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Don't Be Denied Unemployment

As layoffs mount, more employers are protesting unemployment claims filed by ex-employees, according to The Washington Post. That's because employers typically fund the state's unemployment pool and each company's rate is determined by its history.

After their unemployment benefits are denied, some workers are surprised to learn they weren't really "laid off ." Instead they were reported as terminated for cause, like tardiness or poor performance. While workers have a chance to protest a denied claim, the process takes time and effort.

If the worse happens to you, make sure you're prepared to validate your claim for unemployment benefits.

Keep performance records: Maintain a duplicate file at home, because if you are laid off and escorted from the building, you may not be able to go through your desk to retrieve your personal files. Keep a copy of your performance reviews and any letters or e-mails of commendation you receive. If you receive a warning, and correct your behavior, ask your boss for written proof of your improvement. If you only receive verbal confirmation, document when the conversation occurred and keep the note in your folder. Also, consider sending an e-mail to your boss confirming the conversation, which puts the onus back on him to respond, if he disagrees with your assertion.

Ask why: If you are let go, ask for the official reason. The person letting you go may call it a layoff and put a different termination reason in your file, which might impact your ability to collect unemployment.

Severance language: If you're given a package and asked to sign an agreement, look carefully at the language to see if it might prohibit you from collecting unemployment. If necessary, insert a phrase stating the company will not protest your unemployment claim and make sure it is initialed by a company representative, then keep a copy. When in doubt, ask a lawyer to review the document.

Take notes: Some situations are sticky, like when you're being pressured to resign, or when working conditions are poor or your pay has been cut while workloads increase. You have the best chance of collecting if you can prove your assertion. Be sure and document the chain of events, noting each date, time and who was involved, in case you need the information in order to collect.

AUTHORLeslie Stevens-Huffman Insider Comment
  • El
    8 March 2010

    I live in state of California..I worked for a company non-profit for 2 weeks, I was let go because they said they felt I was not learning the job quick enough and possibbly the way I was being trained didn't work for me..they also even said I could use them as a reference because it was nothing personal..I was denied unemployment benefits because they said I was late without permission and I was warned which is not true, I told unemployment I thought the first day I was going to be late cause my car got stolen that day and I called to let them know and left a message, and I walked in the company maybe 3-4 mins after I was to satart that was it. I'm going to appeal but how can they just say this without any proof I didn't sign anything..any advise please let me know.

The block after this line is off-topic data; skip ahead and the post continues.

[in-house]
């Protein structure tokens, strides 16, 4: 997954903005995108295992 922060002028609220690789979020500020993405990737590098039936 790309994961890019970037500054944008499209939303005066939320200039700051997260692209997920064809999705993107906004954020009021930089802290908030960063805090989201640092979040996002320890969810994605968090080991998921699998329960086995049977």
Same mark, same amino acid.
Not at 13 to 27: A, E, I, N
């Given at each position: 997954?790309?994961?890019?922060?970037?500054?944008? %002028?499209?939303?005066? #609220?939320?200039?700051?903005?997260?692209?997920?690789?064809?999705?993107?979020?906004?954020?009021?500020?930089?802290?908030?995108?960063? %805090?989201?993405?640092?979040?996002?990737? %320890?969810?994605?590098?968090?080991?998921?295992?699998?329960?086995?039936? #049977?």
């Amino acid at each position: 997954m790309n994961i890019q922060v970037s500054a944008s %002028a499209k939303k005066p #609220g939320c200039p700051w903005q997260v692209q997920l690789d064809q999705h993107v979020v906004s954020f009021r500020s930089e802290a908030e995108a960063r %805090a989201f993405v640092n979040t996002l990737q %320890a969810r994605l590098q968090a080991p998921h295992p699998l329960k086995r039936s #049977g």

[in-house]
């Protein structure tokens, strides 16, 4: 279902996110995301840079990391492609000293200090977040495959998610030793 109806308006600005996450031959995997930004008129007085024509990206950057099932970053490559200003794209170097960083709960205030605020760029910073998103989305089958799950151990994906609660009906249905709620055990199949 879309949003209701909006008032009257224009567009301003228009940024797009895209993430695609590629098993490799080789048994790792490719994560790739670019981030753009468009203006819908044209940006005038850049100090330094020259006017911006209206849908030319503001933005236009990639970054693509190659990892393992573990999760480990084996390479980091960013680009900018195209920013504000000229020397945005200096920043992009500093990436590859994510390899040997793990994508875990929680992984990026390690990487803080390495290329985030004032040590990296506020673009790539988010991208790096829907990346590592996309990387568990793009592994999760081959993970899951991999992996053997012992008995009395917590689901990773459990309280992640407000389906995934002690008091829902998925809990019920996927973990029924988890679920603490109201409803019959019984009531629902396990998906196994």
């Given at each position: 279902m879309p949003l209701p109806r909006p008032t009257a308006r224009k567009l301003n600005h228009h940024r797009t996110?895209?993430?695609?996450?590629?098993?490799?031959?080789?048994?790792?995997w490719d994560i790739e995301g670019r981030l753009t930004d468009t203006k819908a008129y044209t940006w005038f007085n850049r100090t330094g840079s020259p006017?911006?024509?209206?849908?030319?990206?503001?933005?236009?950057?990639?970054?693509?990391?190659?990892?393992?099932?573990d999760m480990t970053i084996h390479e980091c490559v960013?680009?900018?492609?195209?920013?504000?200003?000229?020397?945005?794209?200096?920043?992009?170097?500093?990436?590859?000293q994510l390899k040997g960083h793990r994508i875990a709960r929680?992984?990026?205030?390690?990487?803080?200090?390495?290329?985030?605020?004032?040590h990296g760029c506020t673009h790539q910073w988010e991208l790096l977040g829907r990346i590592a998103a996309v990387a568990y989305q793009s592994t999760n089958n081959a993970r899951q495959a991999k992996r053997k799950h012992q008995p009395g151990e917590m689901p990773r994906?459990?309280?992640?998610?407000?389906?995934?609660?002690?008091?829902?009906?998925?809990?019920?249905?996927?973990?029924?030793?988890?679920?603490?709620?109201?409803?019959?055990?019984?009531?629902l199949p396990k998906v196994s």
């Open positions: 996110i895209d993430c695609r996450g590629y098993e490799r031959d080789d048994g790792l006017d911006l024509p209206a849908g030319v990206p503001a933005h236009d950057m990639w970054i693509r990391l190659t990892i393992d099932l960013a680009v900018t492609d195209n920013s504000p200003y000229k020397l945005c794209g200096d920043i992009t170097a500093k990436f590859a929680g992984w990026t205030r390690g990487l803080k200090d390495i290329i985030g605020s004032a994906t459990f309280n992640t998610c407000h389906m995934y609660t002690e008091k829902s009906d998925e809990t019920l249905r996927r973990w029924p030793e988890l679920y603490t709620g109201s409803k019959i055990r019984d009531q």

• Wa
    Wallace Cambra,
    2 September 2009

    Apparently, I was denied unemployement due to job speration, because I had a moving violation. I have worked for them more than 15years. It has past the 30 day window for a fair hearing. What can I do to retro my back unempolyemt that is due to me?

  • Jo
    Jon Jacobs
    13 April 2009

    Sheila, we don't give legal advice and I for one don't think you're very likely to get good legal advice for free from some anonymous anybody (or some anonymous nobody) who might post here in response to your question.

    For one thing, you'll know immediately that anyone who does respond here with anything definitive is either making fun of you or is an idiot - because you didn't say what state you're how could anyone possibly give an answer with any chance of being correct???

    If you want advice that might be relevant to your problem, rather than just sympathy, you must consult either:
    1) A private employment attorney;
    2) An advocate for unemployment benefits in your state (perhaps your state labor department itself has a sub-agency that counsels or advocates for people seeking benefits);
    3) Legal Aid, if you qualify;
    4) A labor union that represents temp workers - the SEIU or some other union.
    --Jon Jacobs, eFinancialCareers News staff

  • Sh
    Sheila Meadows
    13 April 2009

    I worked for a temp agency and the firm i was working for as a temp decided to hire me. That did not work out and I applied for unemployment and was denied because the agency said i had quit.Do I have any recourse stating I went to the firm I was with as a temp and file an appeal against the temp agency?

  • An
    Anna Smith
    19 March 2009

    Nancy, I am also in sort of a similar situation with a large investment firm. I love the statement "The managers and Human Resourse just ignored the rebuttal" - I would urge you to fight your case as there are several firms who engage in such activities (ie: office politics) and get away with it. I used to believe you can always trust HR but after a 5hr conversation (that was not recorded) - I lost my job. It is the victims like us that suffer because they know that it you were to fight back it would require alot of guts and finances. There are lawyers or fims out there that can help. Once you start to legally fight back it makes you wonders how many other cases are out there. Just remember it is a stressful & emotional situation to fight so be strong and prepared to have your life open !!

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